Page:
Carrot Weather is probably the most well-known of all the weather apps for iOS, iPadOS, and WatchOS. While there is a free version of the app, you’ll need to pay monthly or annually to get the majority of the app’s features. There are a few different options for the subscription. There is a Premium subscription tier and a Premium Ultra, and Premium Family. Rather than list out all of these options, I’m going to provide some screenshots that break down the costs for each tier and what differentiates them. If you select Premium Family, you’re getting the same features as Premium Ultra and have the ability to share the app with up to 5 family members.
So why would anyone pay to have a weather app when there are free options like Apple’s first party Weather app? It really comes down to three things for Carrot Weather – the app’s “personality”, its level of detail, and advanced notifications.
There are several different levels of snark that you can set Carrot Weather’s personality to be when using the app. This mostly comes out in the summary of the weather that the app displays and in the notifications that the app sends you. The app also reads the summary aloud on iOS when you open the app if you have sound turned on.
There are 5 different personality options that the app provides in the settings, each of which changes the app’s “personality” when you interact with it. You can pick Professional, Friendly, Snarky, Homicidal, and Overkill. You can even tell the app what political leaning you want it to take. Those options are Apolitical, Centrist, Liberal, Conservative, Libertarian, Communist, and Anarchist. Lastly, you can select whether or not the app uses profanity with this personality. I’ve provided a few screenshots below that show you examples of what the app shows in the summary for each personality type, using Apolitical and no profanity, along with shots of the different settings within the app.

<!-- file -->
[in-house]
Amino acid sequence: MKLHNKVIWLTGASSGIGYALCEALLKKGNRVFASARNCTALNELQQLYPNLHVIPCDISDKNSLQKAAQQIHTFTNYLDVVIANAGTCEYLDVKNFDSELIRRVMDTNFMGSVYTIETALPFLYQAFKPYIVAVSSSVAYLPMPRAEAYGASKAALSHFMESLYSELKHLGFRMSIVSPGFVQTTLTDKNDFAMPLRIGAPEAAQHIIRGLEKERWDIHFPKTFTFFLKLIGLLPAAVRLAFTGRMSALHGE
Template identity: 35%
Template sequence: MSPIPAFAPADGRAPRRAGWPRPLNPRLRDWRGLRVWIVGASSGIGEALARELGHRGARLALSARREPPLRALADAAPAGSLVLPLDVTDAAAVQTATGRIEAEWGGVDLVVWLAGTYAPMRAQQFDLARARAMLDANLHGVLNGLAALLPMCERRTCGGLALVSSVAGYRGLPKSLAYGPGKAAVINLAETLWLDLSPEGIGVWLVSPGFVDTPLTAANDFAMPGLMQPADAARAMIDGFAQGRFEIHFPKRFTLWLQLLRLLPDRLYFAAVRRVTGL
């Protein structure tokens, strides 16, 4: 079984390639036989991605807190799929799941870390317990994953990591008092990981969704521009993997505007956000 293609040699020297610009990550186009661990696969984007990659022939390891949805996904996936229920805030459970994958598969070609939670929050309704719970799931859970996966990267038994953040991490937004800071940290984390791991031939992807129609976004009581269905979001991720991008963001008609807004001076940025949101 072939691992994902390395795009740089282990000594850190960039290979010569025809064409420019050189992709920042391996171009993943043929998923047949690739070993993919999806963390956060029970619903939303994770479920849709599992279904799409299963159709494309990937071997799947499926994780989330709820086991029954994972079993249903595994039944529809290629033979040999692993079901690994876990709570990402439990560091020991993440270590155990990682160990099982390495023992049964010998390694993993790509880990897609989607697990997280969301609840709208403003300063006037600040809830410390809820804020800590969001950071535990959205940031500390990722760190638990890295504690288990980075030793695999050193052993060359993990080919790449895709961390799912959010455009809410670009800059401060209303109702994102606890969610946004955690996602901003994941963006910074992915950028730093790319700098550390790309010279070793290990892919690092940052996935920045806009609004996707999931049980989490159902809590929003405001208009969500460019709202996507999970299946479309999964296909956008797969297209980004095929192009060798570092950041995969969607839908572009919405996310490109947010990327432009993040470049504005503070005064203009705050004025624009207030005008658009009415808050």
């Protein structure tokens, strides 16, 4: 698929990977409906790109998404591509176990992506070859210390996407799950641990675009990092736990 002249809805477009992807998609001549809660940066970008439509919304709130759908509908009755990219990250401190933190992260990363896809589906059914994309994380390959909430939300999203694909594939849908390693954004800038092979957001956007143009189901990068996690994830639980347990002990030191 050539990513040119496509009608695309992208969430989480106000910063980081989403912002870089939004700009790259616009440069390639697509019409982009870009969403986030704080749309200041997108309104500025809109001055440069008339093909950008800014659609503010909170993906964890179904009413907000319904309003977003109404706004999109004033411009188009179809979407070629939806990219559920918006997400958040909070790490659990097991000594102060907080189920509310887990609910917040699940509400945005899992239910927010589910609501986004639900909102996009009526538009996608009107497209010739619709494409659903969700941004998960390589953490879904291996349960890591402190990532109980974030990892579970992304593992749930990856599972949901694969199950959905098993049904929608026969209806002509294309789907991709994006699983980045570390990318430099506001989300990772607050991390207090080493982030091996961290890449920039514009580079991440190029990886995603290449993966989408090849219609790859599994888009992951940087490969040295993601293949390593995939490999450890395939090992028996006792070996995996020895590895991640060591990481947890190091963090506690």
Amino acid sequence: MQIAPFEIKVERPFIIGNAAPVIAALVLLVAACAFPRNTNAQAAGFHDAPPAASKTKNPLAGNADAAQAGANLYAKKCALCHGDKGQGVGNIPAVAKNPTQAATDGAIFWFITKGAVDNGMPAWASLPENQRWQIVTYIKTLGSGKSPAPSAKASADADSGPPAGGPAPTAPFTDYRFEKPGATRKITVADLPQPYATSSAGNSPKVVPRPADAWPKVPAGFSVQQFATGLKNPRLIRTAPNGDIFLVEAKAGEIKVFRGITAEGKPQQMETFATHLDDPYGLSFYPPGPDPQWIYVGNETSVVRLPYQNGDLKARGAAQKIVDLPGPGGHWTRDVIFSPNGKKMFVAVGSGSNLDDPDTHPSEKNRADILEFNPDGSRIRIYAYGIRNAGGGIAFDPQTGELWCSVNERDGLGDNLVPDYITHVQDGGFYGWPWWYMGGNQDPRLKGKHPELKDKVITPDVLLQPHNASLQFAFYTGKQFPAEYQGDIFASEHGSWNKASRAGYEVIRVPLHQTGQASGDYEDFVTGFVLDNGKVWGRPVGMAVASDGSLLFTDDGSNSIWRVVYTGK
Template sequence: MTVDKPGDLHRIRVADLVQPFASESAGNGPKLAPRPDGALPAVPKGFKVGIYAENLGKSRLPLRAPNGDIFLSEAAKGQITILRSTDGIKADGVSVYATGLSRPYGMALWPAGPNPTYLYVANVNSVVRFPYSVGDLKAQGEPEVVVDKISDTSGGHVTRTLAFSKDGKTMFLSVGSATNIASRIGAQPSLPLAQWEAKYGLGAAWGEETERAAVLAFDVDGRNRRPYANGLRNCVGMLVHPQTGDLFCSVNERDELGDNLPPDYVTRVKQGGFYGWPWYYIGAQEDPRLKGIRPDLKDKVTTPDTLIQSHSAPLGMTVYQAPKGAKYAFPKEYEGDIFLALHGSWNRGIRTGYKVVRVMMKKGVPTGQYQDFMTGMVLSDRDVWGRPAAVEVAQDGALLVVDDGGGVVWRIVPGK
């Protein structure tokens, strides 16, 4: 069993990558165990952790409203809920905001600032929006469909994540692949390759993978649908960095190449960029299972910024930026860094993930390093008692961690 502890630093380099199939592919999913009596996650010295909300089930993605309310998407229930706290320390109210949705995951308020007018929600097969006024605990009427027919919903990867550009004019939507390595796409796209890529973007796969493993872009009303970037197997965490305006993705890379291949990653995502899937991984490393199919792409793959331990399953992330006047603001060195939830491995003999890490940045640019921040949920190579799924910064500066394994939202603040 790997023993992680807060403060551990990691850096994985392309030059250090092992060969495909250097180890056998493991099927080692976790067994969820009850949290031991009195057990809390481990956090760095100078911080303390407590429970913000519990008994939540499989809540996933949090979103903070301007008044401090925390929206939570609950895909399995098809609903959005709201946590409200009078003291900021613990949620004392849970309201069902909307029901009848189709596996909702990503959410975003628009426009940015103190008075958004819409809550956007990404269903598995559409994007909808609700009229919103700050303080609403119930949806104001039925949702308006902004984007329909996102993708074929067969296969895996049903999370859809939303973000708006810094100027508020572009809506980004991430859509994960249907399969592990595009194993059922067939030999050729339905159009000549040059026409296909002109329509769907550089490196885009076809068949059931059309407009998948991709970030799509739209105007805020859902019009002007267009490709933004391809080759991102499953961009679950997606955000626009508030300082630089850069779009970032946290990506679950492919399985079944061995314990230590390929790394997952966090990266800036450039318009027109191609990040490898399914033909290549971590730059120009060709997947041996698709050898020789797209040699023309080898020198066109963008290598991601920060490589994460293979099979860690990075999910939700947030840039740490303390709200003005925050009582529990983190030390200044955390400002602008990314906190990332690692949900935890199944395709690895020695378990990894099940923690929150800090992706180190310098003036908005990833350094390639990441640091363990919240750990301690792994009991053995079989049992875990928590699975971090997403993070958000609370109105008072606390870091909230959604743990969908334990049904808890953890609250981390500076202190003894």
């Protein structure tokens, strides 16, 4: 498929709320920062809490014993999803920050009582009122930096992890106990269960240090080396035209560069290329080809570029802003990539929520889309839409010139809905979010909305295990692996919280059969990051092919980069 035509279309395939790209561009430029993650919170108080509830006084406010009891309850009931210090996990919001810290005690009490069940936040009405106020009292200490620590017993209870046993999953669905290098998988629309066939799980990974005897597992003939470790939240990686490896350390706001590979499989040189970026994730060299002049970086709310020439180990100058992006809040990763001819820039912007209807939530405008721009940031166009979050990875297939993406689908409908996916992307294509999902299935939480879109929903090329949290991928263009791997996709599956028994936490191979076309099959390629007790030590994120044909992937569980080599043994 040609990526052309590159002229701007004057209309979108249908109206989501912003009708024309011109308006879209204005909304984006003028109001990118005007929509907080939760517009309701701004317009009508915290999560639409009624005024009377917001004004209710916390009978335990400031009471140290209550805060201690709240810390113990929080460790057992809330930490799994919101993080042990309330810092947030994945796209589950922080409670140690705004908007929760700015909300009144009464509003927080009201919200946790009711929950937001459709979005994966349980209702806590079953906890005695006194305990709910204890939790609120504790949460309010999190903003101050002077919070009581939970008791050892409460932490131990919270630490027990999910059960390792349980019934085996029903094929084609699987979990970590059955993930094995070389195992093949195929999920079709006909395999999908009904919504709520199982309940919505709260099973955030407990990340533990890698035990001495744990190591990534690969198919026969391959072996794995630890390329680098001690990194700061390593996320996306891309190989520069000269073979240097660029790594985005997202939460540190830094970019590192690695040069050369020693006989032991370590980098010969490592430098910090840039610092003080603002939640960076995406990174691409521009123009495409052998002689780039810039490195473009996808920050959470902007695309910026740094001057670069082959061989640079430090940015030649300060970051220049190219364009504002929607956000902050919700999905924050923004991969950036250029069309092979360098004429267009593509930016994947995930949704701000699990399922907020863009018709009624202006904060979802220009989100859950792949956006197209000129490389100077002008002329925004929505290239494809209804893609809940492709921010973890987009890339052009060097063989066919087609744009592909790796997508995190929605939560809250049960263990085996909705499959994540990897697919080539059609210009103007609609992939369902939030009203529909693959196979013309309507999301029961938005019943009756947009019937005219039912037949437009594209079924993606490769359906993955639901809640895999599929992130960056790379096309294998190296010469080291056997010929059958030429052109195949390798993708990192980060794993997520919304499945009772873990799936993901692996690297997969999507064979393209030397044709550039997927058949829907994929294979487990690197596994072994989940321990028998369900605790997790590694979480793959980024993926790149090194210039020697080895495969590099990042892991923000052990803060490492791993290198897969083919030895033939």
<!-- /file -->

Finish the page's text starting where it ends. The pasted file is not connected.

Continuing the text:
I’ll be blunt here. The personalities can certainly be funny and sometimes even make you laugh out loud, but it’s nothing more than a nice touch to the app. In my personal opinion, the app personalities are absolutely not a great reason to pay for a weather app, unless you are just massively starved for humor. Keep in mind that you have the same control over the app’s personality with the free version as you do with the paid versions.
The greatest value is in the detail that the app provides, and it can provide an enormous amount of detail on the weather. Just know that some of the information is hidden behind paywalls that require either the Premium or Premium Ultra subscription.
Even with the free version of the app, Carrot Weather features a huge number of graphs and charts that show you an hour-by-hour and day-by-day breakdown of specific weather information such as temperature, the “feels like” temperature, precipitation chance, precipitin amount, wind speed, wind gusts, UV index, humidity, air pressure, cloud cover, and visibility.